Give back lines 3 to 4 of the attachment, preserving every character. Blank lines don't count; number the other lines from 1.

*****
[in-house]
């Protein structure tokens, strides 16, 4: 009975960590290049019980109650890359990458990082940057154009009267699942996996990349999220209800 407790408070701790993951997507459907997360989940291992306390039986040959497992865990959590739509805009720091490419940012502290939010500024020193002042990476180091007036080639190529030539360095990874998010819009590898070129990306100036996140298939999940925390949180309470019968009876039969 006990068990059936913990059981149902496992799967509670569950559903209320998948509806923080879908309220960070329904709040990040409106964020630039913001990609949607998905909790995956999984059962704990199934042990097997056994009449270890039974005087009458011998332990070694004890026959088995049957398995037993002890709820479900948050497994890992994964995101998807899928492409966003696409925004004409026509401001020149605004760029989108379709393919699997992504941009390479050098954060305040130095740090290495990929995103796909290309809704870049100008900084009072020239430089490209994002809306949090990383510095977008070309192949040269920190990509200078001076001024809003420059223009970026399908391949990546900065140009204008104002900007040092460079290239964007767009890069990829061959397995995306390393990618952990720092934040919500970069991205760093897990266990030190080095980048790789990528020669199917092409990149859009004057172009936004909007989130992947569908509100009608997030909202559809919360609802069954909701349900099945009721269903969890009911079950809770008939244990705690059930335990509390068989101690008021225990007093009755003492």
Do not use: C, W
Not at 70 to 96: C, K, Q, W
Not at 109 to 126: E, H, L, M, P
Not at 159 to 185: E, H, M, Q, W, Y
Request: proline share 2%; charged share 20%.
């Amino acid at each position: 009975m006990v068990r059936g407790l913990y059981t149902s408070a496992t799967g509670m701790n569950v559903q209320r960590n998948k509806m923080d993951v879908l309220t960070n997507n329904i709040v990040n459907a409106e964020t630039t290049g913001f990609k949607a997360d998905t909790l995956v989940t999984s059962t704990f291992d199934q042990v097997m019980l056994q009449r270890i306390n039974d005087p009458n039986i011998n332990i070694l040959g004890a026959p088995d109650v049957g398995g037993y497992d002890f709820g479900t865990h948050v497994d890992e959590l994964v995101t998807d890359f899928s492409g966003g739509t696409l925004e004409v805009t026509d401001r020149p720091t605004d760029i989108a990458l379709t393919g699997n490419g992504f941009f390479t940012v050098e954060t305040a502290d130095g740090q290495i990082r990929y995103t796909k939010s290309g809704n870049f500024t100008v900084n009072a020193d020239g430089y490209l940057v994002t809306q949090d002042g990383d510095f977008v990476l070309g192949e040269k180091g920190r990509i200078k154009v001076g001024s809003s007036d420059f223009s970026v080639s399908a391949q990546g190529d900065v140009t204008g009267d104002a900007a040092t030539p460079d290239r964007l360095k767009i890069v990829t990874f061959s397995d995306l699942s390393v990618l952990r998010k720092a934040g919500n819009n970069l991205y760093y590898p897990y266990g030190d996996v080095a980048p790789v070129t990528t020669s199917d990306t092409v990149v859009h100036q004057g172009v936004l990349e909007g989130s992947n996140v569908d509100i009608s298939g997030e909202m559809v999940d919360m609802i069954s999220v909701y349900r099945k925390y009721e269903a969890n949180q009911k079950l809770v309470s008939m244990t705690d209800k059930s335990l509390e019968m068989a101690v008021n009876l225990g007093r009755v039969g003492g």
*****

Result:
Do not use: C, W
Not at 70 to 96: C, K, Q, W